First Aid - Poisoning

CALL IMMEDIATELY FOR ADVICE IF YOUR PET HAS INGESTED ANYTHING POTENTIALLY HARMFUL as effects can vary from an upset stomach of short duration to potentially fatal illnesss.

The most common substances that are poisonous to pets include:

    This is most common in dogs and can vary from mild to extremely serious and the effects depend on how much the dog has eaten and how much 'theobromine' and caffeine the chocolate contains. As a general rule dark high quality chocolate contains the most, and white chocolate contains the least, meaning that dogs can get away with eating more of the white chocolate, though to be safe no chocolate at all should be given to pets. Fatalities have been seen in dogs eating as little as 60g milk chocolate per kilo bodyweight.  If any signs of gastrointestinal upset or worse are seen after a dog ingests chocolate is to SEEK VETERINARY ADVICE.
    If it is clear that your pet has eaten some rodenticide then SEEK VETERINARY ADVICE IMMEDIATELY and if possible bring the label or container of the poison with you to the surgery. This can help us greatly, as different variations of chemicals are used which need different treatments. Some modern anticoagulant poisons may necessitate supplementing your dog with for example vitamin K for several weeks.
    It is our advice to NOT have lilies in houses containing cats as they may become poisoned after simply brushing past the flowers and then cleaning pollen off themselves.  The poison in lilies acts very quickly and is frequently fatal. If your cat is unwell and has been exposed to lilies please SEEK VETERINARY ADVICE IMMEDIATELY and inform the attending veterinary surgeon or nurse of possible lily toxicity.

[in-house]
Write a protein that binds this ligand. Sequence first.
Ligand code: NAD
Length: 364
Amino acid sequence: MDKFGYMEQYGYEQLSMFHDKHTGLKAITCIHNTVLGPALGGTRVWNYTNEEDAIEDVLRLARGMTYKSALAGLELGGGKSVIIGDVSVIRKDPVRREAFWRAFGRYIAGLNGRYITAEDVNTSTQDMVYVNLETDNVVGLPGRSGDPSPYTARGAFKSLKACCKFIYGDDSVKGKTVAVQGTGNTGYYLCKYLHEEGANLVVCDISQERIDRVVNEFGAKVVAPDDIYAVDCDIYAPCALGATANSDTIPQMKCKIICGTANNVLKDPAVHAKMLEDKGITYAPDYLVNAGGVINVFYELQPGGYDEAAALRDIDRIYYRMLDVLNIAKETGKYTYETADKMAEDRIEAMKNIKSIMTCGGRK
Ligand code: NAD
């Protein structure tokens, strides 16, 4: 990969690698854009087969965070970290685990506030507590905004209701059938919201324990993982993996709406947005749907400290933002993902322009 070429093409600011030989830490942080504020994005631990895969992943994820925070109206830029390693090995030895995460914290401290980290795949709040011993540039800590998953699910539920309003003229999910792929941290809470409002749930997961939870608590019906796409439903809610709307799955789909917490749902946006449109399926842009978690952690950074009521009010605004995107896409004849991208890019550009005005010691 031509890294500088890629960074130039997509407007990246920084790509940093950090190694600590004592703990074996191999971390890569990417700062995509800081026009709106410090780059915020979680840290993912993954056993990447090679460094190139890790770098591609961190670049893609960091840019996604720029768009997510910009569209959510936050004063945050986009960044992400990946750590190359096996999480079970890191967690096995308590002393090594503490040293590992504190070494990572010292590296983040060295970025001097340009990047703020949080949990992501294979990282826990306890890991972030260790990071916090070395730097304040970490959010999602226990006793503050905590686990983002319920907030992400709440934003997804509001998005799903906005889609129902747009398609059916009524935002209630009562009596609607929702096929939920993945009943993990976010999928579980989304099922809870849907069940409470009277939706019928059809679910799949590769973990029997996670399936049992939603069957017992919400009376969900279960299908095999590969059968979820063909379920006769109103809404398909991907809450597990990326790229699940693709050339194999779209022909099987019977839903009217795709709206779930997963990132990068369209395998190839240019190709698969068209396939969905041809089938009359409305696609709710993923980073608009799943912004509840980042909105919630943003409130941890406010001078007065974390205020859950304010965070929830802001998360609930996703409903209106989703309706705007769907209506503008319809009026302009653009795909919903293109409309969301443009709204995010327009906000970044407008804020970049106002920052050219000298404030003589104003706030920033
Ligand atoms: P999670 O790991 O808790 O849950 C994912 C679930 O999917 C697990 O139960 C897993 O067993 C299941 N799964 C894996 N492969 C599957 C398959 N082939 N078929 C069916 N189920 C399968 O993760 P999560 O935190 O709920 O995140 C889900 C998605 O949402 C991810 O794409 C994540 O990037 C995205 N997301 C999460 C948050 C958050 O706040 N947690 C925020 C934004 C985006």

This is a common problem where dogs and cats lick up spilt antifreeze (ethylene glycol) when cars' radiators leak or coolant has been changed on driveways. Glycol is extremely harmful to the kidneys and unfortunately is often sweet tasting which can lead to pets swallowing more of it. 
    In all cases of antifreeze ingestion speed is of the essence and rapid aggressive treatment may be necessary to avoid potentially fatal problems so please SEEK VETERINARY ADVICE IMMEDIATELY.
    If your pet has swallowed any drugs other than those prescribed for him please SEEK VETERINARY ADVICE immediately.  This includes common over the counter medicines such as paracetomol which is poisonous for pets.  In all cases we need to advise specifically based on the drug and the quantitiy swallowed. If in doubt please bring the medicine's packaging with you when you bring your pet to the surgery.

NB Some drugs can have a delayed effect and so it is important that we act before any clinical signs of ingestion are apparent.